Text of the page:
It took a lot of convincing for me to write this. Of course that’s what happens when I try motivating myself to motivate myself. But in all honesty, for one reason or another, I’ve been finding myself much more motivated recently, mostly because I stopped looking for myself when I wasn’t motivated.
Mel Brooks is the greatest man I’ve never met. And I’ve not met a lot of people. Almost a few dozen I think. You see, I’ve always loved movies—and comedy. And if there’s one thing Mel Brooks does well, it’s comedy movies. Growing up, I became obsessed with Mel Brooks. To a point that maybe it wasn’t healthy.
I want to tell you a story. One of the best gifts I ever received I never actually got. I was moving out of my parents’ house into the city and my birthday was about six weeks prior. My brother decided he wanted to get me a shower radio for my new apartment. We have always shared one because we shared a bathroom. He told me he was going to get this for me, but he never did. And I didn’t care.
If there’s one thing my mother has taught me, than she wasn’t a very good mother because mothers should teach you more than one thing. Luckily she is a very good mother and I’ve learned a great deal of things. But that’s not the point of this.
Around the beginning of spring every year, or as Chicagoans call it, “three quarters of the way through winter,” lots of us are having fun-filled family functions where searching is the primary activity.
In the wake of the tragic loss of Robin Williams, I once again turn to writing and humor as a way to find solace. So thank you for humoring me as I attempt to humor you. I was originally going to write about something more light-hearted. Like how right now I have to be scared of Ebola again. But that’s not happening anymore. Well, the Ebola thing is actually still happening, I’m just not writing about it.
On September 27, 2014, I turn 10,000 days old. That’s a lot of days of Adam. Lucky you, you didn’t have to spend all of them with me.
Every year on the High Holidays, we think about what we can do to be better people in the year ahead. Well, change is like, hard, especially the self-improvement kind. So, we thought maybe it’s a bit more realistic to ask ourselves “how can I be less of a terrible person?”
As I grow a little bit older, a little bit wiser and unfortunately a little bit wider, I‘ve learned something about my friendships. I haven’t always done great with them. And more often than not, it’s my fault.
Let’s talk about Bozo. Just to clarify, I’m referring to the clown. So what is The Bozo Theory you ask? A very good question since the title really gives no good context clues other than Bozo is involved in some way.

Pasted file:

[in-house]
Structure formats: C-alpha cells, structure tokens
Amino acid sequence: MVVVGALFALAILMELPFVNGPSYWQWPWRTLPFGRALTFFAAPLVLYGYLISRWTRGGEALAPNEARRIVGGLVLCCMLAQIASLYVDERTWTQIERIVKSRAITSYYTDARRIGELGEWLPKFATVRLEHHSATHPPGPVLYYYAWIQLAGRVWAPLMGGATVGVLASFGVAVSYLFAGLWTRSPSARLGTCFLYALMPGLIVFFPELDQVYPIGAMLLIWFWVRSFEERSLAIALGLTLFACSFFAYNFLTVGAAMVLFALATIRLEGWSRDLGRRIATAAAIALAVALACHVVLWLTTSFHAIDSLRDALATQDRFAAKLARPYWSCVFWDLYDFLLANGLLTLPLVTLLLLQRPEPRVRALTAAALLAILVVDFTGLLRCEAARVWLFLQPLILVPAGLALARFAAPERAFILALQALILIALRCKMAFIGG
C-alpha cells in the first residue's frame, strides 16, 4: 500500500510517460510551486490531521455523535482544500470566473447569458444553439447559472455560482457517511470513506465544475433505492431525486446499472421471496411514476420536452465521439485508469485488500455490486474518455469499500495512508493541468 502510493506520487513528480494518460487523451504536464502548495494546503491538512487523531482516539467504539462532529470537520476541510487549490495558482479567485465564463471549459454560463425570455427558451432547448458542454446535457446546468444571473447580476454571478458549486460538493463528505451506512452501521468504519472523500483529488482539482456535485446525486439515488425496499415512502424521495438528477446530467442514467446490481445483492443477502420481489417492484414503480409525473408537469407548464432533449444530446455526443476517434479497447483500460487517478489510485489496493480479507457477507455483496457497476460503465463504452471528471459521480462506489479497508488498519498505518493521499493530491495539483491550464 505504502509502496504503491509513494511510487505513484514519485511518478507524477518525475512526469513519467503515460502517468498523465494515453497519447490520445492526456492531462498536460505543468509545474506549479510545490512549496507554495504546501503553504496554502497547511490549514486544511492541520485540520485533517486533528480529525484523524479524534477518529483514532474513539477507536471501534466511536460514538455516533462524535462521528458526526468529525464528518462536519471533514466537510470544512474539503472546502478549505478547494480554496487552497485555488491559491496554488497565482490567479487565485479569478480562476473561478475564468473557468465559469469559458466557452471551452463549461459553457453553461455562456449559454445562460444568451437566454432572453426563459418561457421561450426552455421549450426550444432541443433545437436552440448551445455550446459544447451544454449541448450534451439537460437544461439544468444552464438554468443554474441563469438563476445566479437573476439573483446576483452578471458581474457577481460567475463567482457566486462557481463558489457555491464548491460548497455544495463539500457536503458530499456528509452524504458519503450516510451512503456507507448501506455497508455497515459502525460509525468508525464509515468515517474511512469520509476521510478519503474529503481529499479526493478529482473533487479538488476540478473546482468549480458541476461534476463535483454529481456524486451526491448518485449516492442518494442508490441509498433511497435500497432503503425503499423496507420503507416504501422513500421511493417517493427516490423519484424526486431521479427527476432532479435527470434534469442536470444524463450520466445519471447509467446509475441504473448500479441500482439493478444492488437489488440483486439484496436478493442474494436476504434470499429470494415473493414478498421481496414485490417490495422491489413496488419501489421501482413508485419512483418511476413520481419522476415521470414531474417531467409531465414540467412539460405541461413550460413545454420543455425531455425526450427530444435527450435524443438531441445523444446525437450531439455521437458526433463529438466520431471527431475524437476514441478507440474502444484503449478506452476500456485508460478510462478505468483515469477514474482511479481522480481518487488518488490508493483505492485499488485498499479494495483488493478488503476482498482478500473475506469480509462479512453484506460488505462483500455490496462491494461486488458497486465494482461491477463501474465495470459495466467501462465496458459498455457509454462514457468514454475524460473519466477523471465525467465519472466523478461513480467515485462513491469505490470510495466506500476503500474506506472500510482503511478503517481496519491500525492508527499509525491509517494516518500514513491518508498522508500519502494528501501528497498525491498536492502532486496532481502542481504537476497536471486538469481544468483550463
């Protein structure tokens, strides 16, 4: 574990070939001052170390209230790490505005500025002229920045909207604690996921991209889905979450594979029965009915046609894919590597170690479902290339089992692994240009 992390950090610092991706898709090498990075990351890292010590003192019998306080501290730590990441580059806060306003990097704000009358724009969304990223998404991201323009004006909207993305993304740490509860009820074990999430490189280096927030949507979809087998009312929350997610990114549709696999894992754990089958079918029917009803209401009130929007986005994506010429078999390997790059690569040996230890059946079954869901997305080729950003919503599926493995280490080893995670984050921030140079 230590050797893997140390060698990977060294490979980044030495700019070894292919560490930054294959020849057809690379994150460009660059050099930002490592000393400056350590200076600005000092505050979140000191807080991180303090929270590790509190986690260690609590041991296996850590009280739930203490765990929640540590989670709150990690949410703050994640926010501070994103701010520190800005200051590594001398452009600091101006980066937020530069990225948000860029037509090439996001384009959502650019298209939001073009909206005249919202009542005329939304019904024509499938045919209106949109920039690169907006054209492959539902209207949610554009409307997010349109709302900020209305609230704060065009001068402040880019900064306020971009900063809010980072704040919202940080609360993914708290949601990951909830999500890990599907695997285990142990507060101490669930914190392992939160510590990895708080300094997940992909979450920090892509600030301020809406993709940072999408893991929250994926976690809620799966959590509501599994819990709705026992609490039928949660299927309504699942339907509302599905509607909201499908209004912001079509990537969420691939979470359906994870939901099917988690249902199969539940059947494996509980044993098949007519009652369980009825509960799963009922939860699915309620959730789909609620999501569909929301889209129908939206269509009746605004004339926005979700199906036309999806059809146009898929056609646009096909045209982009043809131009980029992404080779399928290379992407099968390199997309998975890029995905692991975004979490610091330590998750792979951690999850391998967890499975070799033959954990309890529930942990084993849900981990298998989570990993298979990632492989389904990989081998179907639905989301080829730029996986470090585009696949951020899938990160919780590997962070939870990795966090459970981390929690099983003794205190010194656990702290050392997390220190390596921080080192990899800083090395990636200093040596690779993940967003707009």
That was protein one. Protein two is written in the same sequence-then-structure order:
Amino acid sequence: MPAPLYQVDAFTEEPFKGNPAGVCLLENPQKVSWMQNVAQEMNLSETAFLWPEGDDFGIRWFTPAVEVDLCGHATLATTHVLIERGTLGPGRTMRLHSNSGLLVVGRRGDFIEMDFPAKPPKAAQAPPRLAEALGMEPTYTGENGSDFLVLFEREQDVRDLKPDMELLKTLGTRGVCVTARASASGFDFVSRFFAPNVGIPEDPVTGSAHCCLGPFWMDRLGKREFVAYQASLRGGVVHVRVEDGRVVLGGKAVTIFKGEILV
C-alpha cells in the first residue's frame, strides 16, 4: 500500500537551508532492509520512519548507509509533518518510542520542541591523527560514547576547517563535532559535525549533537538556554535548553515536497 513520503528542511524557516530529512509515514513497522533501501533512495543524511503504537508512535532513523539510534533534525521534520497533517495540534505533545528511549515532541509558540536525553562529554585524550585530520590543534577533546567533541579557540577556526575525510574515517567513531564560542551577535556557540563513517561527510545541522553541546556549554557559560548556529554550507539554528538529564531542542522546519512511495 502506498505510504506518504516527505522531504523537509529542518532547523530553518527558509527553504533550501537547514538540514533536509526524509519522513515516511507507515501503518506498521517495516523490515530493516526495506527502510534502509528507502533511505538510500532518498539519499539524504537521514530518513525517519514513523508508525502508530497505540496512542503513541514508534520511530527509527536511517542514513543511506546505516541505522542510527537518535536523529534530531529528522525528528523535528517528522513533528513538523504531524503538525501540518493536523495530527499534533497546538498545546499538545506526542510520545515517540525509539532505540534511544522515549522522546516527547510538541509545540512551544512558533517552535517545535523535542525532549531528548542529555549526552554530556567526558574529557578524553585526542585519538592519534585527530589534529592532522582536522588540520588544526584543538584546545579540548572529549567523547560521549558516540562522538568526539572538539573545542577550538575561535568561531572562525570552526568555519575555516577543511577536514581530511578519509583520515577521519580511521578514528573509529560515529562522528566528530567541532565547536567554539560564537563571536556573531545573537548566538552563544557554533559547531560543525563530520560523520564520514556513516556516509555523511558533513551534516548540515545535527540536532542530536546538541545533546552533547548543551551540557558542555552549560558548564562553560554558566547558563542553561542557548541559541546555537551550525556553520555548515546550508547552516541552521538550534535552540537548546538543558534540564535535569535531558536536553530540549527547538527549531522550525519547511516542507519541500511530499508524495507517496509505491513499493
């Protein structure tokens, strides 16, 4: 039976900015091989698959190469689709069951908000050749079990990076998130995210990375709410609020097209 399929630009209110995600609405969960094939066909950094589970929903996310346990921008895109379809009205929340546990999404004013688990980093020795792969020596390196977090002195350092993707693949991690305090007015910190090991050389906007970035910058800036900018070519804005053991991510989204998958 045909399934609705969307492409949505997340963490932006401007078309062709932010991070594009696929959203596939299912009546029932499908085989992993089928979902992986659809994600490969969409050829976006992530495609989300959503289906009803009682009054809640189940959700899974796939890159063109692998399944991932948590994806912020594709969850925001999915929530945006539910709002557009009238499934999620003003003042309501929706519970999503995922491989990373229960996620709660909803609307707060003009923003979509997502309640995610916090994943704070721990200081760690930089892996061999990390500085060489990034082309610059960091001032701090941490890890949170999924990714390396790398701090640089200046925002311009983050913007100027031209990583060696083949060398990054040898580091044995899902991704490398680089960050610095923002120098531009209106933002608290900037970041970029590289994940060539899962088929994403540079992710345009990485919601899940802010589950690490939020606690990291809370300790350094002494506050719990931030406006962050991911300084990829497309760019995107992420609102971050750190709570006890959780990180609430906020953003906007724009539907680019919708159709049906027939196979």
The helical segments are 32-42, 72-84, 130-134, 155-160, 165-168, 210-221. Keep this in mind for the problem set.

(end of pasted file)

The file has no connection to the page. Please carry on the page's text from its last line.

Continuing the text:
Everyone has their own routines when going to the movies. What time they get there, what concessions they get or where they sit. For me, it’s 12-15 minutes before, I never concede and preferably in a seat. But one thing I always do every time I go to the movies – as you may have guessed from the title of this piece, you astute, attractive reader you – is that I will, without question, stay through the entirety of the film’s credits.
For the woman I love, I jumped out of a plane at 14,000 feet. It's the biggest leap of faith I've ever made. Now I've done some pretty crazy things for love. I've gone camping (on purpose!), I've woken up before 7 a.m. (also on purpose!), and I even once wore a pair of brown loafers (not on purpose!).
I’m terrible at feeding myself. Not literally – when it comes to getting a forkful of food to my mouth, I’m actually over 98 percent accurate. What I mean is, in this life that could be considered adult, when I am tasked to eat a meal by myself, I constantly feel as if I’m failing quite spectacularly at it.
Passover is one of my favorite holidays. My third favorite, in fact. One element I enjoy is the Seder Plate and the items we put on it. In general, we Jews like to use symbols – or in the case of Passover, food – to represent things. It’s why, especially during this holiday, if I walk past a fellow Jew all I have to do is shout, “Represent!” and they know exactly what’s going on.
Do you believe in miracles? Of course you maybe do or don’t! In my 28 years on the third rock from the sun (not the TV show, I mean Earth), I’ve experienced a lot that has truly blown my mind
Well hello there! Welcome to my Oy! post, “Loving the Little Things,” a post that could have also been titled, “Enjoying the Small Stuff” or “Appreciating the Wee Wonders” or “Insert Synonym-Filled Title Here.”
John Barleycorn, 149 W. Kinzie St.
Thursday, August 13 | 7:00 - 10:00 p.m.
Spend an evening at Oy!Chicago and YLD's hottest summer party! Enjoy a night out at John Barleycorn and help us celebrate the honorees of the 2015 Double Chai in the Chi: 36 Under 36 list of young Jewish movers and shakers in Chicago.
The cost to attend is $20 in advance and $30 at the door (space permitting) which includes 2 drinks and a $5 gift to the 2015 JUF Annual Campaign to provide services to those in need. Advanced registration is recommended, as this event will sell out.
For more information, please contact Jessica Ost at 312-357-4880. Register Online »
Nearly 2.1 million individuals receive food assistance in Illinois.
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*This event is for young adults between the ages of 22-40ish